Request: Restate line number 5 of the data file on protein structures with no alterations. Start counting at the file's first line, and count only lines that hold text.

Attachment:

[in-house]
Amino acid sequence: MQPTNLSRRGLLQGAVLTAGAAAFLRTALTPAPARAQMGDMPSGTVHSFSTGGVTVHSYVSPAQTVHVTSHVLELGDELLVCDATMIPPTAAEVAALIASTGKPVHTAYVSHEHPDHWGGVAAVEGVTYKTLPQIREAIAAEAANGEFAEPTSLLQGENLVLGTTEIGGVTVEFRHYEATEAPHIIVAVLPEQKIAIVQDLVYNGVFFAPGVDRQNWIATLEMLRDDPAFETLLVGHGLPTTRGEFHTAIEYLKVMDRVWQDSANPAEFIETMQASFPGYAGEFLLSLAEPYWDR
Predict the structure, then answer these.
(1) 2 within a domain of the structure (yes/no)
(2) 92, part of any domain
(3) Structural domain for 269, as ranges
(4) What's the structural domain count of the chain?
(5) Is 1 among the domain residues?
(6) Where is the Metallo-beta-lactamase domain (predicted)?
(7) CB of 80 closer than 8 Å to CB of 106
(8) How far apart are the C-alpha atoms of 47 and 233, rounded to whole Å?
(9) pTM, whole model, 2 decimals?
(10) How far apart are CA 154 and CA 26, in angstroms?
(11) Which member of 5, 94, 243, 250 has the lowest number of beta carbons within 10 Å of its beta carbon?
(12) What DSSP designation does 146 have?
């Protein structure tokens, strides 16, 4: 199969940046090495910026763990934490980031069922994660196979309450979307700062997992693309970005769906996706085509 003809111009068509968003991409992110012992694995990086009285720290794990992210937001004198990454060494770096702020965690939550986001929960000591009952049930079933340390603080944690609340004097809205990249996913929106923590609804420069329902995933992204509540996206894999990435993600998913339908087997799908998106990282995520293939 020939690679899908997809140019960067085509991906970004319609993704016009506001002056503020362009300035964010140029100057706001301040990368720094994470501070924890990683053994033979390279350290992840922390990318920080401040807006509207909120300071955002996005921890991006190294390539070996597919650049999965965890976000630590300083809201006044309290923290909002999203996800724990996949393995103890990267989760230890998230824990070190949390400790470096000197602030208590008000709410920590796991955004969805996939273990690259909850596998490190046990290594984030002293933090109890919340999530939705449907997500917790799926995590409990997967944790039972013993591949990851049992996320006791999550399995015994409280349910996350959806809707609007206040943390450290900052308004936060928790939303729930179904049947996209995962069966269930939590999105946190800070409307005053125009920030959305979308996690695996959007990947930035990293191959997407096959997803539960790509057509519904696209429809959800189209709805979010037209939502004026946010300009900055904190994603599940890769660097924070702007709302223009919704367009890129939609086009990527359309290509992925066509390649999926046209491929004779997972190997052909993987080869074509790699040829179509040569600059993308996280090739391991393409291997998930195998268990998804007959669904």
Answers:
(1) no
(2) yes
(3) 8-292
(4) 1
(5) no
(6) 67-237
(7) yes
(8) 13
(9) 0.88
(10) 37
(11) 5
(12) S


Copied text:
(2) 92, part of any domain